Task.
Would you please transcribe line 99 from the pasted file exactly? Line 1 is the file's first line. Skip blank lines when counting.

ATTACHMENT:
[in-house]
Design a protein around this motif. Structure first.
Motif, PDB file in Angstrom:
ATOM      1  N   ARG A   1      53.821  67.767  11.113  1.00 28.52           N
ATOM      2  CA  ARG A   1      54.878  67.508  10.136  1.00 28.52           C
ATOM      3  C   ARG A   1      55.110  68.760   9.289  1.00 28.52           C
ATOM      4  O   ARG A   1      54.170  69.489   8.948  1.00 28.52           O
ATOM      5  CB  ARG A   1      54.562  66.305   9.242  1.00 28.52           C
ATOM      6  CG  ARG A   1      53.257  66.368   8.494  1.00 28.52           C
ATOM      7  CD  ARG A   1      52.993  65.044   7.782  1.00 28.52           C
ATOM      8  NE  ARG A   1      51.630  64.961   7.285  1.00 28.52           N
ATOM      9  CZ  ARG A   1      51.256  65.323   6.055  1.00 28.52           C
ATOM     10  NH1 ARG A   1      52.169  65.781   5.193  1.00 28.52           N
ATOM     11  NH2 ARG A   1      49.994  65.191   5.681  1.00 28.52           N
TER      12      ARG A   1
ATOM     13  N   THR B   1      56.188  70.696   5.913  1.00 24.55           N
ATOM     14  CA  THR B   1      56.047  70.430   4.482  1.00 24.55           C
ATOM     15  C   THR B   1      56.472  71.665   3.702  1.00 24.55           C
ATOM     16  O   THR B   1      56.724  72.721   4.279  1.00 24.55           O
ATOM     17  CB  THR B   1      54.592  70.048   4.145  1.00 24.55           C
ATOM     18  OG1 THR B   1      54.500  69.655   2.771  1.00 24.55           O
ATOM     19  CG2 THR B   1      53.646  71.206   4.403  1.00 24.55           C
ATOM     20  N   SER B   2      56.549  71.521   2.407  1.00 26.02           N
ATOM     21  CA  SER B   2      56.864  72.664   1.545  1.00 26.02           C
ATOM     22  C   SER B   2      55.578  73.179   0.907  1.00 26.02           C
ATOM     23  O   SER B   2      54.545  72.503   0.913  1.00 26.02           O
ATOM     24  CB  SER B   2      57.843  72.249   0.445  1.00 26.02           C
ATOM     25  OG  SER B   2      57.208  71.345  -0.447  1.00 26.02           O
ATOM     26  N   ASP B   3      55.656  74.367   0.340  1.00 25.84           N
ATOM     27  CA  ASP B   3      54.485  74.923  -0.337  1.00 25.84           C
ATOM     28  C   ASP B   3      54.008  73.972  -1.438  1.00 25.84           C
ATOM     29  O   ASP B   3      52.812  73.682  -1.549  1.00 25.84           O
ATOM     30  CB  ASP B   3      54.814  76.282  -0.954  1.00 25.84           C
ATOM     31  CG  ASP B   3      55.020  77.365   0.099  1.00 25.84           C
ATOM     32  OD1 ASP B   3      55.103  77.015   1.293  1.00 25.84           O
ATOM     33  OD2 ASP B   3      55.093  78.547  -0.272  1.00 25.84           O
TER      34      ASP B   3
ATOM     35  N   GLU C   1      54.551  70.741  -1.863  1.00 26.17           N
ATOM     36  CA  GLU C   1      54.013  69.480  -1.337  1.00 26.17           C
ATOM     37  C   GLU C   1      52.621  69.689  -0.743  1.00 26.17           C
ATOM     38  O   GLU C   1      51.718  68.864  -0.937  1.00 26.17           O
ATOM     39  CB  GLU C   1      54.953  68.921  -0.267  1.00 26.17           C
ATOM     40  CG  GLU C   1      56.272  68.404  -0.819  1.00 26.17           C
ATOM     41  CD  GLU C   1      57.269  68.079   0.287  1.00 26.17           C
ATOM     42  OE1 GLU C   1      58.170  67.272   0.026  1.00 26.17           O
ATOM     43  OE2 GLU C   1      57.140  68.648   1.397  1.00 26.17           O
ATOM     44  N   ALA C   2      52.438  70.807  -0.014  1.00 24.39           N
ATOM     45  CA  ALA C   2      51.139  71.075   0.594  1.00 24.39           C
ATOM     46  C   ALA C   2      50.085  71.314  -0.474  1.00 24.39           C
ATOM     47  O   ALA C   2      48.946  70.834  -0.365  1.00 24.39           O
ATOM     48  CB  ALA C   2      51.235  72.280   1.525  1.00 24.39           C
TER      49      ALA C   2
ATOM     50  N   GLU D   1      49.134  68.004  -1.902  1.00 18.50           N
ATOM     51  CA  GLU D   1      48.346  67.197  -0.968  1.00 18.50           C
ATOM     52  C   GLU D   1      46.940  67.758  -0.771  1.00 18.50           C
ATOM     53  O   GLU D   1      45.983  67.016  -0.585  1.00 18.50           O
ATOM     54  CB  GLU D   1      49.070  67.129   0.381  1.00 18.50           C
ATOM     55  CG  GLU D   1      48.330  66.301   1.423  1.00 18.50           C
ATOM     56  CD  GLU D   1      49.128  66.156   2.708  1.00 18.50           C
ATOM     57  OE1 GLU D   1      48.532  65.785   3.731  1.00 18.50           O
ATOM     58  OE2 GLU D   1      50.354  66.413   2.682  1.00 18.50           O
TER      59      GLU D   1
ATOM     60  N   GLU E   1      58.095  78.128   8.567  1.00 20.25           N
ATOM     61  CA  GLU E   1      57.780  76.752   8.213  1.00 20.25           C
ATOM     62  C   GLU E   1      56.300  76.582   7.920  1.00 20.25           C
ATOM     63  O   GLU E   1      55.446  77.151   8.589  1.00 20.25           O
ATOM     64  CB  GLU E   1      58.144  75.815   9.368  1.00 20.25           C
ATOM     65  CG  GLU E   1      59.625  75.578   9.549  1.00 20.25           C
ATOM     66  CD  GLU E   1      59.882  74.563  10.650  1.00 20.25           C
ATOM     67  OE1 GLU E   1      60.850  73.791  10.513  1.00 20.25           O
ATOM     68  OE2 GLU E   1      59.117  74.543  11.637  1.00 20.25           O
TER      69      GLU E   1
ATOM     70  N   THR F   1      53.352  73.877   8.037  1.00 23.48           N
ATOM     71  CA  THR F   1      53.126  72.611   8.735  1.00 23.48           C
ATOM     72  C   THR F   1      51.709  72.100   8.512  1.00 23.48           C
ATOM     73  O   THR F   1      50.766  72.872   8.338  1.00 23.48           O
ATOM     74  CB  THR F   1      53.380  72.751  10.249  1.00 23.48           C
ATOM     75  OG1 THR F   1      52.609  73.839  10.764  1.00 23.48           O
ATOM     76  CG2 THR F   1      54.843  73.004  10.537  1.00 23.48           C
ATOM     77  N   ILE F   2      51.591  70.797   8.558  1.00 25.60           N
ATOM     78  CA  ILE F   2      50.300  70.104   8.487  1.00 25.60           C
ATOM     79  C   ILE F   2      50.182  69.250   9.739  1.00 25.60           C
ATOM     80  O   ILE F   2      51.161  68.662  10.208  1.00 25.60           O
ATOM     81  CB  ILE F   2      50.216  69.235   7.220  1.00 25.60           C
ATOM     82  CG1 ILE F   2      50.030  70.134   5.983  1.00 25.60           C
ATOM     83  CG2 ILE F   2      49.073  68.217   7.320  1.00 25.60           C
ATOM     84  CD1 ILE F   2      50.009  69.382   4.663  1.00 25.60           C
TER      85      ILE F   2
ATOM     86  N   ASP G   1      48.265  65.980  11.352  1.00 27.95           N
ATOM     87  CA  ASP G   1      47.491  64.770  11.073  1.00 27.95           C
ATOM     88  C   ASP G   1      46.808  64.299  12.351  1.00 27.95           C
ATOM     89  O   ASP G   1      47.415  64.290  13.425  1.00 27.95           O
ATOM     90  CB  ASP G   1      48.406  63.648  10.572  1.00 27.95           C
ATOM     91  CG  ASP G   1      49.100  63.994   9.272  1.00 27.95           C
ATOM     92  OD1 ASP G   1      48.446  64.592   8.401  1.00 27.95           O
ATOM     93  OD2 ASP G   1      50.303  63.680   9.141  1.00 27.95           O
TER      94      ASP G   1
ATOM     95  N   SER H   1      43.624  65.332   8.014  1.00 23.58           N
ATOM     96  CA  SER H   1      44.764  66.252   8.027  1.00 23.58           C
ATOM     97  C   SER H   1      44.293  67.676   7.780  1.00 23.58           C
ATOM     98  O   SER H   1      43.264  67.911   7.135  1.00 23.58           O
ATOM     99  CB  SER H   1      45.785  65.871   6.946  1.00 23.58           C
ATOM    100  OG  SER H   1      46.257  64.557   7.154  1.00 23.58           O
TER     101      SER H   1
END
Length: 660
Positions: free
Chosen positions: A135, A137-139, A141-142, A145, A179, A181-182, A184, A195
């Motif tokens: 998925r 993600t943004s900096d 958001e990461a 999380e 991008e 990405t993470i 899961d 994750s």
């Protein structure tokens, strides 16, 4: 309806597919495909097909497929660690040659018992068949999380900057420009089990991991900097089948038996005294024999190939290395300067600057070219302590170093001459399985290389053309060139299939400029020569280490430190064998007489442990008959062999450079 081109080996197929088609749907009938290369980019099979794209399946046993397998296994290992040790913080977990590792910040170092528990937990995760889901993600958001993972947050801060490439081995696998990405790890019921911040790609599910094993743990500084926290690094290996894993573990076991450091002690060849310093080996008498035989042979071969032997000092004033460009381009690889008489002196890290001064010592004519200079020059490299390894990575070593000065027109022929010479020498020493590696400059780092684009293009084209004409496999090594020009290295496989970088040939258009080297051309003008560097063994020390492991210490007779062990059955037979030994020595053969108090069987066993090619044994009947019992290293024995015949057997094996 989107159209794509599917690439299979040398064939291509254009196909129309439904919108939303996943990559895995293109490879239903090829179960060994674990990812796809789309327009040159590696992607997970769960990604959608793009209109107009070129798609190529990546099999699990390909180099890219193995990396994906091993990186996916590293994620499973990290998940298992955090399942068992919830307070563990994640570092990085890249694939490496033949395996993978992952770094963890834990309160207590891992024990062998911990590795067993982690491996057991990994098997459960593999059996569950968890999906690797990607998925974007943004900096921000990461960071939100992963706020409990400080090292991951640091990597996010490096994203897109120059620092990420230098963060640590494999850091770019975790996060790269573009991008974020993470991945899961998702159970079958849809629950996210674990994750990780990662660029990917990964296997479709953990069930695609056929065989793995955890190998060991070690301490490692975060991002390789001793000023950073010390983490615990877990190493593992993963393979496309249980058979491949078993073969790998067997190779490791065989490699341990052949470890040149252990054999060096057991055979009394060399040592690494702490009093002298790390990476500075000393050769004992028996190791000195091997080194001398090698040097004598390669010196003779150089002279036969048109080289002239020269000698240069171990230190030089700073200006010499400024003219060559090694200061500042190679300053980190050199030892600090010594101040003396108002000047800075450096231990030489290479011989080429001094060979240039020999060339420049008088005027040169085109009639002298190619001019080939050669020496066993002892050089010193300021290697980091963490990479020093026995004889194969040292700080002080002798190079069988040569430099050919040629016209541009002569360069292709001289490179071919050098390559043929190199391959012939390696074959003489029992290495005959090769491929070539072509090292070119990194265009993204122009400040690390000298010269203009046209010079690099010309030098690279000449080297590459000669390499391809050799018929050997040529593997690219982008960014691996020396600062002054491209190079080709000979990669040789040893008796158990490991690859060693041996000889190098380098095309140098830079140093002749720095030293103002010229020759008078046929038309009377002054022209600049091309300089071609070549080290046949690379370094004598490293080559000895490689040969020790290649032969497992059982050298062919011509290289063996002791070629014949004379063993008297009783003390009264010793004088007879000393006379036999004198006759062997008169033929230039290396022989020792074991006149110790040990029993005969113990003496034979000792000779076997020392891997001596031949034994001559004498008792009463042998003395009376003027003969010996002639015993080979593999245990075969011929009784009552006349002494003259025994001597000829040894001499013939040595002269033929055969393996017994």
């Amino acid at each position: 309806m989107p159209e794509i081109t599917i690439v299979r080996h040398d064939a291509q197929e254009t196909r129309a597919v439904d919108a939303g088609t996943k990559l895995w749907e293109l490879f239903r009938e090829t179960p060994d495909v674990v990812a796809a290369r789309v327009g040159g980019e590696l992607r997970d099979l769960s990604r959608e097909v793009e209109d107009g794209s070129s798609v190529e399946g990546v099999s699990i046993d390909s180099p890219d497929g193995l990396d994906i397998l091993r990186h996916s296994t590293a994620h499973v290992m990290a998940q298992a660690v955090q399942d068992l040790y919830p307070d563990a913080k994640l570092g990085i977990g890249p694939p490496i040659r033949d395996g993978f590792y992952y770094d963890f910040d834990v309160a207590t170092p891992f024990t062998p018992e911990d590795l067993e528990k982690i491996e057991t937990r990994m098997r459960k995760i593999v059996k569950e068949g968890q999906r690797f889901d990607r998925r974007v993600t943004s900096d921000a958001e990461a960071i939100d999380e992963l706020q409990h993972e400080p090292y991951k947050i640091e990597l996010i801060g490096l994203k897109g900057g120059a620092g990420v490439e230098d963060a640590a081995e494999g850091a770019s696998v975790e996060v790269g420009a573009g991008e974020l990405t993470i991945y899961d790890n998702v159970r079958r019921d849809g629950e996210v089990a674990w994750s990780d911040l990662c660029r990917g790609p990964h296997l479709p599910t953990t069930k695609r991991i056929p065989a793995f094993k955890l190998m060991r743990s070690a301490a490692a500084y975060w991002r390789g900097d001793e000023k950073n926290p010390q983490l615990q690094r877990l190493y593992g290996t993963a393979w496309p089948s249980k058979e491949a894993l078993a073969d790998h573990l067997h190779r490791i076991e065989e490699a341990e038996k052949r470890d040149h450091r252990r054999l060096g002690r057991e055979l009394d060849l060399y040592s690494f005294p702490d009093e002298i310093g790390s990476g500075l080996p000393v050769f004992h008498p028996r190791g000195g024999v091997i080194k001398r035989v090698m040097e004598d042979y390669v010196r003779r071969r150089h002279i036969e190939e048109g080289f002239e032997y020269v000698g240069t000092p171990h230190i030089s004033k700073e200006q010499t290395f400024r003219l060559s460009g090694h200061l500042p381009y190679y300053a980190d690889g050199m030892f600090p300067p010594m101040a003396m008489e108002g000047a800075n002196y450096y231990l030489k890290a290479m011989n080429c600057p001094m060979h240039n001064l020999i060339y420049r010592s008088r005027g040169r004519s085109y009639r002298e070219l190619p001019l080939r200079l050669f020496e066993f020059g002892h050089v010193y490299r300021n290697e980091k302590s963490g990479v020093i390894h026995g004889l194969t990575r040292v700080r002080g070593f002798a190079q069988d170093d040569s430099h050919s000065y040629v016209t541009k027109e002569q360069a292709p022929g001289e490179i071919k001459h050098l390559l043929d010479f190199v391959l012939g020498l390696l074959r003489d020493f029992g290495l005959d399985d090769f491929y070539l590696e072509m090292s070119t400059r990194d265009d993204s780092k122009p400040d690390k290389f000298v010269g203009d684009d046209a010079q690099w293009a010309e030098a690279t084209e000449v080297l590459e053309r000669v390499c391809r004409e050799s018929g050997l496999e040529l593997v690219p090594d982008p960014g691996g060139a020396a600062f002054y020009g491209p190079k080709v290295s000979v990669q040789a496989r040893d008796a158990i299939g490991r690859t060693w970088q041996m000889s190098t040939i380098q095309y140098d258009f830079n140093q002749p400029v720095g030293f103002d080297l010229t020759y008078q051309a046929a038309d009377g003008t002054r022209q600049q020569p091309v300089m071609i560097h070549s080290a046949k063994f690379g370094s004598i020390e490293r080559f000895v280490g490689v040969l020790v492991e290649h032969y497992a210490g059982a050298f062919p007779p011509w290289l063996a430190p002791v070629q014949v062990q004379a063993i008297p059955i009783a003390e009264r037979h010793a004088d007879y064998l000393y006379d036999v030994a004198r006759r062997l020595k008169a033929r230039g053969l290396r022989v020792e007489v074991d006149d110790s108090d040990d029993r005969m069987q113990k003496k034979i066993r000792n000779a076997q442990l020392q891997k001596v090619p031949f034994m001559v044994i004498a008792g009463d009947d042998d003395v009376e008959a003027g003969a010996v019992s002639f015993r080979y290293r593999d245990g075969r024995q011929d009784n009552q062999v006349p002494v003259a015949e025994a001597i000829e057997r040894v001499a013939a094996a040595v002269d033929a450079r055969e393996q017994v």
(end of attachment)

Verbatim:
ATOM     96  CA  SER H   1      44.764  66.252   8.027  1.00 23.58           C